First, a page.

Whether you’re trying to become pregnant or hoping you aren’t, when it comes to end-of-cycle spotting or bleeding, you’re likely wondering: how do you tell: implantation bleeding or period?
What is implantation bleeding?
Implantation bleeding is bleeding that occurs as a result of a fertilized egg implanting in the uterine wall. This bleeding is the first recognizable sign of pregnancy and does not occur in all cases.
What is menstrual bleeding?
While most women already know what a period is, just for knowledge’s sake, a menstrual cycle is on average 28 days in length but may vary from woman to woman. In this time, an egg should be released (about mid-way through your cycle). If the egg is fertilized, it implants in the uterine wall, and implantation bleeding may occur. Otherwise, the egg travels on and is shed with the uterine lining during your period. If you don’t release an egg, your period may be delayed, but you will likely still experience bleeding. Ovulation, or the release of this egg, can be confirmed by charting your basal body temperature.
Now that you understand what both are, let’s talk about how you can tell them apart. If you prefer, click the start button below to take our implantation bleeding quiz for a quick answer on the likelihood of your bleeding being implantation. Otherwise, beyond the implantation bleeding quiz start button, you can read about the methodology used in the quiz.
Implantation bleeding or period? How can you tell?
When does implantation bleeding occur?
Implantation bleeding will generally occur 6 to 12 days after intercourse or ovulation so pay attention to when your period should start and when this mysterious bleeding occurs. If you experiencing bleeding sightly earlier than you should, this could be a sign of implantation bleeding. If the bleeding is more than 14 days after your last sexual act, it’s unlikely to be implantation.
What does implantation bleeding look like?
Implantation blood is usually a different color than your average menstrual blood being either darker and more brown (old blood) or lighter and pinkish (very new, light bleeding). Keep in mind that the implanting egg is the size of a pinhead. Implantation bleeding is very light and shorter in duration than your regular cycle—unless, of course, you don’t normally have one. It’s usually just the faintest pink showing up on toilet paper or even just one to two tiny spots of blood. Implantation will not cause heavy bleeding, but there are other ways one can be pregnant and still experience period-like bleeding.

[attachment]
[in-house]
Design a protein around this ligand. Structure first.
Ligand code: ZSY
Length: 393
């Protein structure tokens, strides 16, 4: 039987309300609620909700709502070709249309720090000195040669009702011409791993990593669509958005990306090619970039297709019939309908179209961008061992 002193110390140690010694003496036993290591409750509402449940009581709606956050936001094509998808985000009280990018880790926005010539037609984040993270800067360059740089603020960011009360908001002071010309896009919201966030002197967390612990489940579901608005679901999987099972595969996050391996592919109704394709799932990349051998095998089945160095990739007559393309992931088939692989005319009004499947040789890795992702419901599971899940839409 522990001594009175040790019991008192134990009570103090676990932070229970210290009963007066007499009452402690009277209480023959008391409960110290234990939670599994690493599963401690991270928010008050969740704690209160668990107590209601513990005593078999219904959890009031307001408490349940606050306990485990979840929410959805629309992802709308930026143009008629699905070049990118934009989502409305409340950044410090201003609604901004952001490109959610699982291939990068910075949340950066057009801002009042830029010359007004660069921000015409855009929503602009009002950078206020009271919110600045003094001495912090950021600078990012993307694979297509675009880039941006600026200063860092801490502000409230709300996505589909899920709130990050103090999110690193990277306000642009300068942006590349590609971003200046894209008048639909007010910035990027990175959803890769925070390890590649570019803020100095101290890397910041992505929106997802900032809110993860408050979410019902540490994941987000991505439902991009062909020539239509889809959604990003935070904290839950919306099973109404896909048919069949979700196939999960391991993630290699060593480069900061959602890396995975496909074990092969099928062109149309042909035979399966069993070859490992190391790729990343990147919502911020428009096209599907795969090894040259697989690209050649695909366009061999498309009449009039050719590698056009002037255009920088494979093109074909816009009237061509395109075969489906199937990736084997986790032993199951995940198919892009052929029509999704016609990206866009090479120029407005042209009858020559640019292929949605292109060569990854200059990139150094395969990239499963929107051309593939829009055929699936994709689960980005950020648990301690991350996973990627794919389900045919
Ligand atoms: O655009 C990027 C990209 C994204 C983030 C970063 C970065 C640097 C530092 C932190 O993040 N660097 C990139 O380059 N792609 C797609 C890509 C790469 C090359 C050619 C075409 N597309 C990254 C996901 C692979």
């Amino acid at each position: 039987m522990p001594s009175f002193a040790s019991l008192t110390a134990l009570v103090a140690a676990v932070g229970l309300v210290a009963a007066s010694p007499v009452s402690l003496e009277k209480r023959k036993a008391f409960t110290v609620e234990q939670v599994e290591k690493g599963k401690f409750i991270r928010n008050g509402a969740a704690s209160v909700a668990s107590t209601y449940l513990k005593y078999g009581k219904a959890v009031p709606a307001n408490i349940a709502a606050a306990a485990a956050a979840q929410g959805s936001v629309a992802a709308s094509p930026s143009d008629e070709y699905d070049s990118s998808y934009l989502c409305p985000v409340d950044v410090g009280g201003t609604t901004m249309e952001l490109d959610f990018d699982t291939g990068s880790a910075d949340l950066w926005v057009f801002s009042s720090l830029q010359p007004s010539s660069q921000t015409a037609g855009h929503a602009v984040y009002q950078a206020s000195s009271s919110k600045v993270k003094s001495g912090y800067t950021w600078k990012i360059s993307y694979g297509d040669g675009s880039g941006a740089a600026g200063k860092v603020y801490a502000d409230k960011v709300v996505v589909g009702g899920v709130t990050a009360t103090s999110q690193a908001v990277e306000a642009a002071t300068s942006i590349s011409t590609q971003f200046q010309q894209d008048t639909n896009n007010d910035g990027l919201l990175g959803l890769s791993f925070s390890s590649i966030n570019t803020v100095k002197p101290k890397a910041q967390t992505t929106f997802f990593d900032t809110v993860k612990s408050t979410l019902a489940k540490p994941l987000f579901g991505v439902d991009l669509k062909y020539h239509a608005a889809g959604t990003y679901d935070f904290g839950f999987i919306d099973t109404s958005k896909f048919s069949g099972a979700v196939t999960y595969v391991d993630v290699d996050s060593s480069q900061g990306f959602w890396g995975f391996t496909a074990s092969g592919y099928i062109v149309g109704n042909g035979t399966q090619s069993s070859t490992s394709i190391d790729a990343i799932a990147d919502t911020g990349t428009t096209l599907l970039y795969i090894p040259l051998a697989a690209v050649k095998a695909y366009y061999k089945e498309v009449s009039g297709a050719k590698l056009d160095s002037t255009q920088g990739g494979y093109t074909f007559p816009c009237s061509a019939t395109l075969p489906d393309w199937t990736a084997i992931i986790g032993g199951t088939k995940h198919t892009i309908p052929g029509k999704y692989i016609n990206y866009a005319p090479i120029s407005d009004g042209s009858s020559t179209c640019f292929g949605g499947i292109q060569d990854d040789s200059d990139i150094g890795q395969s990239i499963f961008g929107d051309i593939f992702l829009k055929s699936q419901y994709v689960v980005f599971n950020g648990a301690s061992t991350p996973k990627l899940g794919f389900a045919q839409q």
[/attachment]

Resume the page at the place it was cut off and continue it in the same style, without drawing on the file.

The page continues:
Some women also get a slight hormone dip at implantation, which may cause both a temperature dip on basal body charts and possibly some light spotting. This type of bleeding is not a heavy flow.
How common is implantation bleeding?
Keep in mind that only about one in three women experience implantation bleeding. If you suspect pregnancy or have had unprotected sex, don’t assume that you’re not pregnant simply because you didn’t experience this symptom. Some women become pregnant and exhibit no symptoms what so ever.
Whether after reading this page or taking our implantation bleeding quiz, you feel you’ve experienced implantation bleeding or not, a pregnancy test will always be the best way to ease your mind. Be sure to take the test after your regular period should have been and not immediately after the bleeding. Even if it is implantation bleeding, a pregnancy test will probably still read negative as hCG levels will be insufficient. On average, it takes about 48 hours to get even a faint positive test.
If you are trying to decide between implantation bleeding or period, you may also enjoy:
How to Calculate Your Chances of Pregnancy (includes quiz)
Period blood colors and Textures
Early Signs of Pregnancy Quiz
Period While Pregnant: Is It Possible?
A note on comments: I usually respond to comments within 48 hours. All comments are moderated before they appear on the site to eliminate spam. Each and every comment is responded to as approved, but please remember, I am not a doctor nor a replacement for medical care. I can’t possibly tell you if you are pregnant over the Internet. I do have a medical background (medical assisting) and am a mother of four who struggled with infertility as well as multiple miscarriages, but I am not a doctor nor claim to be one.